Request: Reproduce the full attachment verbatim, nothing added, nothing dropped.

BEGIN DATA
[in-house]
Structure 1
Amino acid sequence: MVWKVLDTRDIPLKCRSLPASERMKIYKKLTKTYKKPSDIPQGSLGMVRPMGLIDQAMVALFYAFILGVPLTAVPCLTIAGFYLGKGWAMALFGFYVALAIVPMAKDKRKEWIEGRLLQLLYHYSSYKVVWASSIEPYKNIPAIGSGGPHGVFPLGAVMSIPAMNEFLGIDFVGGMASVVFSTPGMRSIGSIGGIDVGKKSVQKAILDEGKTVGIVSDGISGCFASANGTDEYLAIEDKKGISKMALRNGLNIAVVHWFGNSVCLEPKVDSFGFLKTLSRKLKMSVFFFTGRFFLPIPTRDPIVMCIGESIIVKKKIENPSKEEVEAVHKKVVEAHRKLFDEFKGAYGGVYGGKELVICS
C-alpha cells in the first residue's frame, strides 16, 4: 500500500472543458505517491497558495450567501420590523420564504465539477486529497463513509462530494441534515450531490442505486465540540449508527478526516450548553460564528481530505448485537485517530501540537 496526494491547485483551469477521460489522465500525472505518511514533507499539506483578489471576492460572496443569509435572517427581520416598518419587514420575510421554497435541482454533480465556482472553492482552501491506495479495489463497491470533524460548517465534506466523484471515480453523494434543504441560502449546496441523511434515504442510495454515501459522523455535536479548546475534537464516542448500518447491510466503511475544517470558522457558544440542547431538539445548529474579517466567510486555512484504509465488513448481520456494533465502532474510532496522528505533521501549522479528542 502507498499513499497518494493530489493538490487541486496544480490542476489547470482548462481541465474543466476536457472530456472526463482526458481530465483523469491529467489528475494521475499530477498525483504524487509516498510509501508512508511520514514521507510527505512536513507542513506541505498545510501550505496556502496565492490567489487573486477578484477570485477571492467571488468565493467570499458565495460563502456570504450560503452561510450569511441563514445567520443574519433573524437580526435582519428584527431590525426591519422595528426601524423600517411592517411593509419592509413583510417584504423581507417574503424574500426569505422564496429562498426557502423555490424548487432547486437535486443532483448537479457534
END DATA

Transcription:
[in-house]
Structure 1
Amino acid sequence: MVWKVLDTRDIPLKCRSLPASERMKIYKKLTKTYKKPSDIPQGSLGMVRPMGLIDQAMVALFYAFILGVPLTAVPCLTIAGFYLGKGWAMALFGFYVALAIVPMAKDKRKEWIEGRLLQLLYHYSSYKVVWASSIEPYKNIPAIGSGGPHGVFPLGAVMSIPAMNEFLGIDFVGGMASVVFSTPGMRSIGSIGGIDVGKKSVQKAILDEGKTVGIVSDGISGCFASANGTDEYLAIEDKKGISKMALRNGLNIAVVHWFGNSVCLEPKVDSFGFLKTLSRKLKMSVFFFTGRFFLPIPTRDPIVMCIGESIIVKKKIENPSKEEVEAVHKKVVEAHRKLFDEFKGAYGGVYGGKELVICS
C-alpha cells in the first residue's frame, strides 16, 4: 500500500472543458505517491497558495450567501420590523420564504465539477486529497463513509462530494441534515450531490442505486465540540449508527478526516450548553460564528481530505448485537485517530501540537 496526494491547485483551469477521460489522465500525472505518511514533507499539506483578489471576492460572496443569509435572517427581520416598518419587514420575510421554497435541482454533480465556482472553492482552501491506495479495489463497491470533524460548517465534506466523484471515480453523494434543504441560502449546496441523511434515504442510495454515501459522523455535536479548546475534537464516542448500518447491510466503511475544517470558522457558544440542547431538539445548529474579517466567510486555512484504509465488513448481520456494533465502532474510532496522528505533521501549522479528542 502507498499513499497518494493530489493538490487541486496544480490542476489547470482548462481541465474543466476536457472530456472526463482526458481530465483523469491529467489528475494521475499530477498525483504524487509516498510509501508512508511520514514521507510527505512536513507542513506541505498545510501550505496556502496565492490567489487573486477578484477570485477571492467571488468565493467570499458565495460563502456570504450560503452561510450569511441563514445567520443574519433573524437580526435582519428584527431590525426591519422595528426601524423600517411592517411593509419592509413583510417584504423581507417574503424574500426569505422564496429562498426557502423555490424548487432547486437535486443532483448537479457534